Can junk food ads, clubs told

HEALTH advocates say the state government should offer funding incentives for junior sporting organisations to cut junk food advertising.

But the Tasmanian Liberals say sponsorship is the responsibility of clubs, and parents should ensure that their children eat a balanced diet.

A study published in the  Journal of Science and Medicine in Sport  this month said children aged five to 14 who took part in rugby league, cricket and Little Athletics were most at risk of ``excessive'' exposure to unhealthy messages through sponsorship by companies such as McDonald's and Coca-Cola.

Lead author Bridget Kelly, a lecturer in public health at Wollongong University, said ``pervasive exposure'' in supposedly healthy environments sent contradictory messages to children.

Fast-food restaurant McDonald's sponsors junior football, soccer, and netball in Northern Tasmania, and is the major sponsor of Tasmanian Little Athletics.

According to their websites, Northern Tasmania Junior Football Association is also backed by Cadbury, while Northern Tasmania Junior Soccer promotes Schweppes soft drinks, and Cricket Tasmania promotes Coca-Cola and Peters Ice Cream.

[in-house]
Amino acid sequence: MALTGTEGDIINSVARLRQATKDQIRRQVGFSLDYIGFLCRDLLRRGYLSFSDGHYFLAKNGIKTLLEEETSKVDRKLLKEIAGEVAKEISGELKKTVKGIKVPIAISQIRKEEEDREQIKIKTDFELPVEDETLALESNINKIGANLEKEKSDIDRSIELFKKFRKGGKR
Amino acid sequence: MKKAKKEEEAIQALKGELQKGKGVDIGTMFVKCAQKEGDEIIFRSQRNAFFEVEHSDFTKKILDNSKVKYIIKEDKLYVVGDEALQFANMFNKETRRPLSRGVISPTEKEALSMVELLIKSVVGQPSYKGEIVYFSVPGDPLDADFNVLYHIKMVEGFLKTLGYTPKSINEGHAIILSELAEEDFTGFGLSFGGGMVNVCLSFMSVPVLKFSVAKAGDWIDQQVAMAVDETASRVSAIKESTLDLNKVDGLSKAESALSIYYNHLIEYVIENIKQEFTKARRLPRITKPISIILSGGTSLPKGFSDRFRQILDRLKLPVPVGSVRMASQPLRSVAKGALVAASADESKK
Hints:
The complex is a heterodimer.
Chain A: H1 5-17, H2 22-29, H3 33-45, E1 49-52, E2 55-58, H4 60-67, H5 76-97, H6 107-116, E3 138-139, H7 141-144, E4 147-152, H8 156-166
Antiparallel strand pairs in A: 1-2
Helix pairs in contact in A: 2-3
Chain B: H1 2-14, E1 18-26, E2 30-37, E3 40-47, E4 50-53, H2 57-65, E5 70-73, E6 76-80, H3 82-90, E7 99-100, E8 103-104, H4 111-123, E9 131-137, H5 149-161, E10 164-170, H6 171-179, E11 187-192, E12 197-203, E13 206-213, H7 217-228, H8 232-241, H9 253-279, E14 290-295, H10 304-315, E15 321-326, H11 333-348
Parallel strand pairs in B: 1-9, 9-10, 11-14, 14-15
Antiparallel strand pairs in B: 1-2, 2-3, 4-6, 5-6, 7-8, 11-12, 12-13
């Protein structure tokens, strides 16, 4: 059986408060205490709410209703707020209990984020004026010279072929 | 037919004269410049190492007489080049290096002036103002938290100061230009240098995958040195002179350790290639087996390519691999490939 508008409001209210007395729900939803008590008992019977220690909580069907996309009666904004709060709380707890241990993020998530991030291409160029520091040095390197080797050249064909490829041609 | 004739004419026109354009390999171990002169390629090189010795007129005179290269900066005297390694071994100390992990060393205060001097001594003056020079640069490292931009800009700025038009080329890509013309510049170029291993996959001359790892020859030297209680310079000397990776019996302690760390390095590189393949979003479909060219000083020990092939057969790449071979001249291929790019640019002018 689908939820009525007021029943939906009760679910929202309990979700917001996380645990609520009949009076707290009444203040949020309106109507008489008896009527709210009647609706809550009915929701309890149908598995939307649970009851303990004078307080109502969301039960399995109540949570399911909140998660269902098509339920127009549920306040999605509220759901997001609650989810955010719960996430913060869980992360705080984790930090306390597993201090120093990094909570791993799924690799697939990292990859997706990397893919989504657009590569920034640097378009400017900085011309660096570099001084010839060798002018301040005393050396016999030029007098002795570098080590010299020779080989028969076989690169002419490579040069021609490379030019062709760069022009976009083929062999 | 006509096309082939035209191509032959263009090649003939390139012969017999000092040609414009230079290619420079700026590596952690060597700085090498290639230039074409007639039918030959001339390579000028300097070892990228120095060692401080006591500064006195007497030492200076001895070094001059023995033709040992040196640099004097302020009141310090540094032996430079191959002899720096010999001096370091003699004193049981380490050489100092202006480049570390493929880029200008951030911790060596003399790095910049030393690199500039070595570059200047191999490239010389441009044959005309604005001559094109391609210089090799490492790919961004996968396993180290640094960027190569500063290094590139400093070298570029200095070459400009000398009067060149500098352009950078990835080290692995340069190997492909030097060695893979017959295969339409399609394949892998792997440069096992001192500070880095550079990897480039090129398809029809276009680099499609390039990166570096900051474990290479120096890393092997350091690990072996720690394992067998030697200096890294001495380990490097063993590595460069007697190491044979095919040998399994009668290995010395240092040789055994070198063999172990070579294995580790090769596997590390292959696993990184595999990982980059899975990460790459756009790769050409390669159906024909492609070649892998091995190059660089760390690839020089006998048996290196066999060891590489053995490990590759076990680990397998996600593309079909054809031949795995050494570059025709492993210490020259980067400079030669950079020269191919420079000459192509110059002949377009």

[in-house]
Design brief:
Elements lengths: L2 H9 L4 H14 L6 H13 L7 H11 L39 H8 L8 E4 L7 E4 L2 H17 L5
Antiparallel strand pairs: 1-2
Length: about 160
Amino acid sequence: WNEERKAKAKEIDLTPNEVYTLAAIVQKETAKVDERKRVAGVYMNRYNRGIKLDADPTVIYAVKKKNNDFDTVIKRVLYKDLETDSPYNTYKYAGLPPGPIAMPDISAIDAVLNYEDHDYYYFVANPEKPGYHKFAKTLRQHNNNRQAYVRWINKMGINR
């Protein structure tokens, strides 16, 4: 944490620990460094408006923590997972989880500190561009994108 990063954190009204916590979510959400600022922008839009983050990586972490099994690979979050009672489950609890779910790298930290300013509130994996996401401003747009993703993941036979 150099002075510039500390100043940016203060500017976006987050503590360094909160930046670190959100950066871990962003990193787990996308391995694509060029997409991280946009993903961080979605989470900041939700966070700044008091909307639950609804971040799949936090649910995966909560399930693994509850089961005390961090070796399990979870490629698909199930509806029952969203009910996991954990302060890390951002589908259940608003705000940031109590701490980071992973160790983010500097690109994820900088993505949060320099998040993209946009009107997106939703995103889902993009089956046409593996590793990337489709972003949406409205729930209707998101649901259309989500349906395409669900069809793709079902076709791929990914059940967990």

With the 2011-12 Australian Health Survey First Result listing 28.8 per cent of Tasmanian kids aged 5 to 17 as overweight or obese, Heart Foundation Tasmania chief executive Graeme Lynch suggested the state government offer clubs and organisations incentives to drop sugary drinks and fast food as sponsors.

``What's a real worry is that children are very vulnerable, and that advertising can lead them directly to consuming things,'' Mr Lynch said. A Liberals spokesman said while the party aimed to make Tasmania the healthiest population in Australia by 2025, sponsorship was at the discretion of clubs.

Tasmania Little Athletics president Rhonda O'Sign said McDonald's had helped more children get involved in the sport.

``At the forefront of our sponsorship with McDonald's are their community programs, their charity organisations, such as Ronald McDonald House,'' Ms O'Sign said. ``We don't tell members that they have to go into McDonald's stores. The food is completely separate.''

Northern Tasmania Junior Soccer president Dale Rigby said it was more dangerous for kids to be prevented from playing sport because of high registration fees.

``Any sponsorship dollar we get helps us maintain current fee levels, not stinging people every year and potentially preventing people from accessing the sport,'' he said. But Hobart man Aaron Schultz, whose project Game Changer targets unhealthy advertising in sport, said the government needed to be tougher. 


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